Jesus loved all people, not judging them for their gender, occupation, or race. When Jesus rose from the dead, He announced His resurrection to Mary. Jesus worked through a woman to bring Peter and John to Him. This was radical. Women had no status in first- century Jerusalem. Women couldn’t offer testimony at a trial, and men rarely spoke to women in public.
Jesus also did not discriminate on the basis of occupation.
He chose Matthew, a Jewish tax collector, to be His disciple. Tax collectors could charge whatever they wanted, as long as Rome got its share. As a result, tax collectors were considered traitors. The Jews hated them, yet Jesus chose a tax collector to be a disciple.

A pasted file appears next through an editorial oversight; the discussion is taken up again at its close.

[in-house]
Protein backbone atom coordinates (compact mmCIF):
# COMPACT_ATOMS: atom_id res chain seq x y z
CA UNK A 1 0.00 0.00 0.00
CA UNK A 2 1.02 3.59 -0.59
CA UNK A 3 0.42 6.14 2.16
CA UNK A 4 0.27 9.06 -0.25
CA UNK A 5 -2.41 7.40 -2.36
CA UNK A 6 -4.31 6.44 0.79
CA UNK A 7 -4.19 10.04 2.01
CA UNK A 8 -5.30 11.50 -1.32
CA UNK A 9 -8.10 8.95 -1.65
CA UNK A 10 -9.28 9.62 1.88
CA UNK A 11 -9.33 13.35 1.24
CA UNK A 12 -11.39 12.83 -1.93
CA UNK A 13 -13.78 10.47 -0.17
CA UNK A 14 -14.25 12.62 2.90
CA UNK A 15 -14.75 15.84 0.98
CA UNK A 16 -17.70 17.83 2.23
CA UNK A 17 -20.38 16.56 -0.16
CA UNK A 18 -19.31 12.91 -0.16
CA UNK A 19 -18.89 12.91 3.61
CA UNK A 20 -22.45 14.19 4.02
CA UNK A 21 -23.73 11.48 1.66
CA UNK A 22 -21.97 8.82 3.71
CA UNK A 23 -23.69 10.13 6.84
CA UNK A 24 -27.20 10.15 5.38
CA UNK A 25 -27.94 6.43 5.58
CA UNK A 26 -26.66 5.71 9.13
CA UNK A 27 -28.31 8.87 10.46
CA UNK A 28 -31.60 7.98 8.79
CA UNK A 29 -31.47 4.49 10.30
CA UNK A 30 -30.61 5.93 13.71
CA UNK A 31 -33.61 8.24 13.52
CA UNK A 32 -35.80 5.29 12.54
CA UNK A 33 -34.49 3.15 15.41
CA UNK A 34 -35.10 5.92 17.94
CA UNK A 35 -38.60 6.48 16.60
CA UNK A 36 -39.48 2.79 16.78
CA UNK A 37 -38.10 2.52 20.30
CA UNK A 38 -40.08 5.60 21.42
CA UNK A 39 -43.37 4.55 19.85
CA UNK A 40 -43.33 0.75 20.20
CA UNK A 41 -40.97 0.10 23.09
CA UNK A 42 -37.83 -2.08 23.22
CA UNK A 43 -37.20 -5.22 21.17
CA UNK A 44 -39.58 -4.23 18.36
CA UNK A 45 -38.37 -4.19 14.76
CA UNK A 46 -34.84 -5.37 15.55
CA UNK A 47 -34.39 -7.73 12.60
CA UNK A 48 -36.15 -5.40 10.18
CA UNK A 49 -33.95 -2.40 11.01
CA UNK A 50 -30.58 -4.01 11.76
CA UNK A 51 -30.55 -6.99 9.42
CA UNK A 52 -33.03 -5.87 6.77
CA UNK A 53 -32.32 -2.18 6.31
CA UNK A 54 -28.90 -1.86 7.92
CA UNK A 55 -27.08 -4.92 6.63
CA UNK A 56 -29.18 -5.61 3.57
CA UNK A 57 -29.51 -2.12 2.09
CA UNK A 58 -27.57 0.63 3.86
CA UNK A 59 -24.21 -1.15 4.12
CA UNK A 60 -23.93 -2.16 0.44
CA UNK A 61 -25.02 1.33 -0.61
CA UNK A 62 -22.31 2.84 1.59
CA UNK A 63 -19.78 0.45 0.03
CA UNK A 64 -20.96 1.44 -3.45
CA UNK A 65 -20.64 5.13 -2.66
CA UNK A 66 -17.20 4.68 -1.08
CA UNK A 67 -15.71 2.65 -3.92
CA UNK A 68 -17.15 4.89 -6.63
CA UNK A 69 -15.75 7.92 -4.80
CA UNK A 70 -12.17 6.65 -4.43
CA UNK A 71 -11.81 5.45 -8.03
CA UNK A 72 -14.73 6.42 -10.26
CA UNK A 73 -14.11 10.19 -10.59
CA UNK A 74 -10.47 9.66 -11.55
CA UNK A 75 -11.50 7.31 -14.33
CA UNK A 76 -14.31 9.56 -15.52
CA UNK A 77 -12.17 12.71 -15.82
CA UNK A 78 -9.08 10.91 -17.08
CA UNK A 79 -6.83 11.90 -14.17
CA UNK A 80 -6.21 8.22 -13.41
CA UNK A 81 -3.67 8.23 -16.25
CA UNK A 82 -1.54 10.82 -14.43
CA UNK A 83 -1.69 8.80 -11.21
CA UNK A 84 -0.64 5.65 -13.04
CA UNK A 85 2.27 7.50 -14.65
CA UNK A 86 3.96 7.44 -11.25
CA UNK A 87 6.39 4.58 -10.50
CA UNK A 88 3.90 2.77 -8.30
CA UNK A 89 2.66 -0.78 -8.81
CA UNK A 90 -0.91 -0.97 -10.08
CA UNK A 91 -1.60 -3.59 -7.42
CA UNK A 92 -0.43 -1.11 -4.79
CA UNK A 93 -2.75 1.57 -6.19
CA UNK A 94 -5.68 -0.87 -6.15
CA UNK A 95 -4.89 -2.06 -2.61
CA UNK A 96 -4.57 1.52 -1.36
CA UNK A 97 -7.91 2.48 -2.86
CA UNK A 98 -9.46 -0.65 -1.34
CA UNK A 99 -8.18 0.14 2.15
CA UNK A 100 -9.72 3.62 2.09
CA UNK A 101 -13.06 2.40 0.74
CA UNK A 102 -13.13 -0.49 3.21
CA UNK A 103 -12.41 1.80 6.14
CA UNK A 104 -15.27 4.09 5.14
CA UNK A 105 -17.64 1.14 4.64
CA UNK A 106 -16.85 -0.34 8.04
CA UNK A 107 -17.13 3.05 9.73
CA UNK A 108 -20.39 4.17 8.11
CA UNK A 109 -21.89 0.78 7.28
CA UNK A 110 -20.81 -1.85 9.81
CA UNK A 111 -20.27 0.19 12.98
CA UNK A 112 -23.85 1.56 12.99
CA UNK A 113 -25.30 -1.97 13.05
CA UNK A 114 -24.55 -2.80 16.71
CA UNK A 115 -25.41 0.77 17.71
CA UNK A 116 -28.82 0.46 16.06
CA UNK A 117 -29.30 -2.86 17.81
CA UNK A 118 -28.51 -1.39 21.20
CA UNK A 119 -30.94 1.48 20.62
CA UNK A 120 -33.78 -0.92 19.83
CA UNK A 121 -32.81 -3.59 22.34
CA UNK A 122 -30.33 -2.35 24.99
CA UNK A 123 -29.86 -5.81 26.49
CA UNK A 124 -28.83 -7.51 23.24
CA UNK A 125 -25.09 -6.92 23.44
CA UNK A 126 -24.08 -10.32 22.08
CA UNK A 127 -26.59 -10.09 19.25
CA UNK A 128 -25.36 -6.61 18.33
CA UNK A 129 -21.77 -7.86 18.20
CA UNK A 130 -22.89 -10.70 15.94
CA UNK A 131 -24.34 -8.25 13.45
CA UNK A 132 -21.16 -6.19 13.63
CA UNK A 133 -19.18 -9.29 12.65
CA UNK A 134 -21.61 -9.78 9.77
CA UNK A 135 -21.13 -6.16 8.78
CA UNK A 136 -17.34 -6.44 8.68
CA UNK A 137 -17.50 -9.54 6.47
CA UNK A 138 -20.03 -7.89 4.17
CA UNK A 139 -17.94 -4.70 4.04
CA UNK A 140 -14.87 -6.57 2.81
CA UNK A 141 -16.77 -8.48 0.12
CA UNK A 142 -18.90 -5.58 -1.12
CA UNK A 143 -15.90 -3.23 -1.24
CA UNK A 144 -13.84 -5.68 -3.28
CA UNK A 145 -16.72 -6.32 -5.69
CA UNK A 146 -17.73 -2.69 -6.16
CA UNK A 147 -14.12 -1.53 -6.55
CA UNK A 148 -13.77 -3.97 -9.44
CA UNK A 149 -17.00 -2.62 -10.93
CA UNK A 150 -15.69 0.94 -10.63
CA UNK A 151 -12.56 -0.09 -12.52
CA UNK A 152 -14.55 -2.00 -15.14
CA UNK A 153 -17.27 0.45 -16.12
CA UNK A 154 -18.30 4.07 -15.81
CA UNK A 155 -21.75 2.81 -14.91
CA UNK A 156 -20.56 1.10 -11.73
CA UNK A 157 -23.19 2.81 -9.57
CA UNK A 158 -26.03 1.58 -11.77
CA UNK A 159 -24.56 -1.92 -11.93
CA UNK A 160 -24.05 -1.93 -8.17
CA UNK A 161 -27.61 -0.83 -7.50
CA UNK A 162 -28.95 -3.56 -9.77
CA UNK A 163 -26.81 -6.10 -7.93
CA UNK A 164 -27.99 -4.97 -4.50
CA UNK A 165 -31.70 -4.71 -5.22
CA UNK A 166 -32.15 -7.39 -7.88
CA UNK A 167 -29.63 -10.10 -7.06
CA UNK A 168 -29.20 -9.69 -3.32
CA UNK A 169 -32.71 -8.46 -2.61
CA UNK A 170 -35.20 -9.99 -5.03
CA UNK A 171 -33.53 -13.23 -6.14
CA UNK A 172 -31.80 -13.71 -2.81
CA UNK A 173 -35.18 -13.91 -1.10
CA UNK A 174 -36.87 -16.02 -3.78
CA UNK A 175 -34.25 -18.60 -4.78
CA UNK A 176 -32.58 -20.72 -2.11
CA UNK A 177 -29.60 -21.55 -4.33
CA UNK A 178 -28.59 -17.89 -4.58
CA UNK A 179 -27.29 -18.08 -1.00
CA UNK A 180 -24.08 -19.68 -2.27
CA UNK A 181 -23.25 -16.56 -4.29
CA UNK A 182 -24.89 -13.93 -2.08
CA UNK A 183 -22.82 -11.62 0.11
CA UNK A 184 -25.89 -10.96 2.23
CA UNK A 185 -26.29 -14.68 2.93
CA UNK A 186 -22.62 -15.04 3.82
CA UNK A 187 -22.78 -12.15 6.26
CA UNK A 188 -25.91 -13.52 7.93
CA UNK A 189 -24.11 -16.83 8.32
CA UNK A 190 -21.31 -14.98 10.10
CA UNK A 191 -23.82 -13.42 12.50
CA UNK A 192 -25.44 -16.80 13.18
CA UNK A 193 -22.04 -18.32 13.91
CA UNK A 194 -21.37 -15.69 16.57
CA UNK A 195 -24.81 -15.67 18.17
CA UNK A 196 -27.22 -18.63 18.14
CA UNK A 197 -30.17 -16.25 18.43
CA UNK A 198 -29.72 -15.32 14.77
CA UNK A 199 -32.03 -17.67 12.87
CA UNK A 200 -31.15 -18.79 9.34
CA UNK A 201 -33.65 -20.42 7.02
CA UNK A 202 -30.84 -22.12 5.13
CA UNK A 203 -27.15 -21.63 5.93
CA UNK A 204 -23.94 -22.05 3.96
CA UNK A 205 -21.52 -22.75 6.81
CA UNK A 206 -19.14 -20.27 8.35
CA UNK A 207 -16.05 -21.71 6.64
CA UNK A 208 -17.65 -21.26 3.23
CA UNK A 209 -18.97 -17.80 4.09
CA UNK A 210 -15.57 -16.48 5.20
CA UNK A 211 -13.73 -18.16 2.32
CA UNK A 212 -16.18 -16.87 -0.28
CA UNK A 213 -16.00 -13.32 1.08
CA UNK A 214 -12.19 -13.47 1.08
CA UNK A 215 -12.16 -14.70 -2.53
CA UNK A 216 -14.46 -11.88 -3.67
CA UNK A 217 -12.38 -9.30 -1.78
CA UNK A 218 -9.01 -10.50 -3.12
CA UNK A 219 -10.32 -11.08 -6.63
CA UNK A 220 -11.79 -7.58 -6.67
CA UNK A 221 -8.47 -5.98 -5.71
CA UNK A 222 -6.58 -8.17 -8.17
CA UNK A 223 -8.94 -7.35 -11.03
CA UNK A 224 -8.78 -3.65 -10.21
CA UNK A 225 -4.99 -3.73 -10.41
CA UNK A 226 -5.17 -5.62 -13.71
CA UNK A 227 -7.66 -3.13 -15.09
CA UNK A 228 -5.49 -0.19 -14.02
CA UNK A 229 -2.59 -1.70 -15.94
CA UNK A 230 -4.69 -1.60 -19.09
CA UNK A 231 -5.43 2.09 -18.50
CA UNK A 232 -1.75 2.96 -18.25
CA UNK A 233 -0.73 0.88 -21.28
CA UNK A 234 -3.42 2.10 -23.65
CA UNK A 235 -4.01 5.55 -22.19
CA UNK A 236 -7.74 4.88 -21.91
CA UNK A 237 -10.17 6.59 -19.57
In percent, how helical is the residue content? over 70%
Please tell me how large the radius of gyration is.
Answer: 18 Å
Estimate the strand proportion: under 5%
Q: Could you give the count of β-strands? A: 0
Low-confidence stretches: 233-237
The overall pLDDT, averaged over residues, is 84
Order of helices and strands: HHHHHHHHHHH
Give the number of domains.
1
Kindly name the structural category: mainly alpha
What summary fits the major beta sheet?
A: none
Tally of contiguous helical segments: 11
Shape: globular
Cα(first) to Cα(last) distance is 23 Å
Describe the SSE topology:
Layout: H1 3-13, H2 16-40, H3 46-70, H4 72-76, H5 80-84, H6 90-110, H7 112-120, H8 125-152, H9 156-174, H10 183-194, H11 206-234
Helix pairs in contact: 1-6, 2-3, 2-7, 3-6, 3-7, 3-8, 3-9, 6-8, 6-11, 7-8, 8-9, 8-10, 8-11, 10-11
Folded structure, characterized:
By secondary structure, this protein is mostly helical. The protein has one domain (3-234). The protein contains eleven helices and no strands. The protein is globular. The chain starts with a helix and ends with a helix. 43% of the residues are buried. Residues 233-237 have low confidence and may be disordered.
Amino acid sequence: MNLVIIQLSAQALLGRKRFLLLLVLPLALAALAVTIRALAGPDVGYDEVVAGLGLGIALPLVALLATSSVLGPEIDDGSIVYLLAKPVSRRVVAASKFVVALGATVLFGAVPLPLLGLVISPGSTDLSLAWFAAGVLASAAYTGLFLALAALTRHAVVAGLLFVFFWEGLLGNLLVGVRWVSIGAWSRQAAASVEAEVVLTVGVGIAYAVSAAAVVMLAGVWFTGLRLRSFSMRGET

On another occasion Jesus went to Samaria and spoke to an adulterous Samaritan woman—an unthinkable gesture. Not only were Samarians considered to be trash, but He—a Jewish male— spoke to a woman who everyone in the town knew was sleeping around. His love reached beyond social barriers.
When we follow Jesus, we cannot hate others because of their skin color, political affiliations, job, chosen religion, or sexual preference. If we say we believe in Jesus, we give up any thoughts of revenge and feelings of contempt or disgust that we felt before we knew the Lord. Our unity with Christ through His sacrifice for our sins makes it unacceptable to hate others.
If these words irritate us, we have a problem. Are we mentally scrolling through the directory of our church or business or country club and mentally naming those we hate because they are people of color, Democrat or Republicans or gay? Then the love of Christ is not in us! We shouldn’t be fooled or misled. We cannot hate those who are different and love God at the same time. To think otherwise is a delusion.